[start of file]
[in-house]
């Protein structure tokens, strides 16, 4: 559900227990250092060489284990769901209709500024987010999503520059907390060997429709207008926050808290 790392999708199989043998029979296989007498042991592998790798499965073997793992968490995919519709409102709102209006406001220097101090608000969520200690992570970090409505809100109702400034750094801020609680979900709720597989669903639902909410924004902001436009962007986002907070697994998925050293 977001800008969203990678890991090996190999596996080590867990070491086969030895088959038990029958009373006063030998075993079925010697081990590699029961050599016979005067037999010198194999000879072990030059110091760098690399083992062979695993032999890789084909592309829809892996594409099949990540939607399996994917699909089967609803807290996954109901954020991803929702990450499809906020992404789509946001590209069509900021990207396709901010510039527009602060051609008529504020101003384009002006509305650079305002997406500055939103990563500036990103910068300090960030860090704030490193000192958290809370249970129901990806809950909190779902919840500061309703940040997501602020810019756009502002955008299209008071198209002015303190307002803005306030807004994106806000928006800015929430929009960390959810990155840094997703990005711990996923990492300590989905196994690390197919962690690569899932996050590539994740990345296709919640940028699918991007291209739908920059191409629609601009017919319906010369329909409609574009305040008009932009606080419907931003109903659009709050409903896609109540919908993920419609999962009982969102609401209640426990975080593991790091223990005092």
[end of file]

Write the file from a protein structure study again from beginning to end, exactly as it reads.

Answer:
[in-house]
């Protein structure tokens, strides 16, 4: 559900227990250092060489284990769901209709500024987010999503520059907390060997429709207008926050808290 790392999708199989043998029979296989007498042991592998790798499965073997793992968490995919519709409102709102209006406001220097101090608000969520200690992570970090409505809100109702400034750094801020609680979900709720597989669903639902909410924004902001436009962007986002907070697994998925050293 977001800008969203990678890991090996190999596996080590867990070491086969030895088959038990029958009373006063030998075993079925010697081990590699029961050599016979005067037999010198194999000879072990030059110091760098690399083992062979695993032999890789084909592309829809892996594409099949990540939607399996994917699909089967609803807290996954109901954020991803929702990450499809906020992404789509946001590209069509900021990207396709901010510039527009602060051609008529504020101003384009002006509305650079305002997406500055939103990563500036990103910068300090960030860090704030490193000192958290809370249970129901990806809950909190779902919840500061309703940040997501602020810019756009502002955008299209008071198209002015303190307002803005306030807004994106806000928006800015929430929009960390959810990155840094997703990005711990996923990492300590989905196994690390197919962690690569899932996050590539994740990345296709919640940028699918991007291209739908920059191409629609601009017919319906010369329909409609574009305040008009932009606080419907931003109903659009709050409903896609109540919908993920419609999962009982969102609401209640426990975080593991790091223990005092």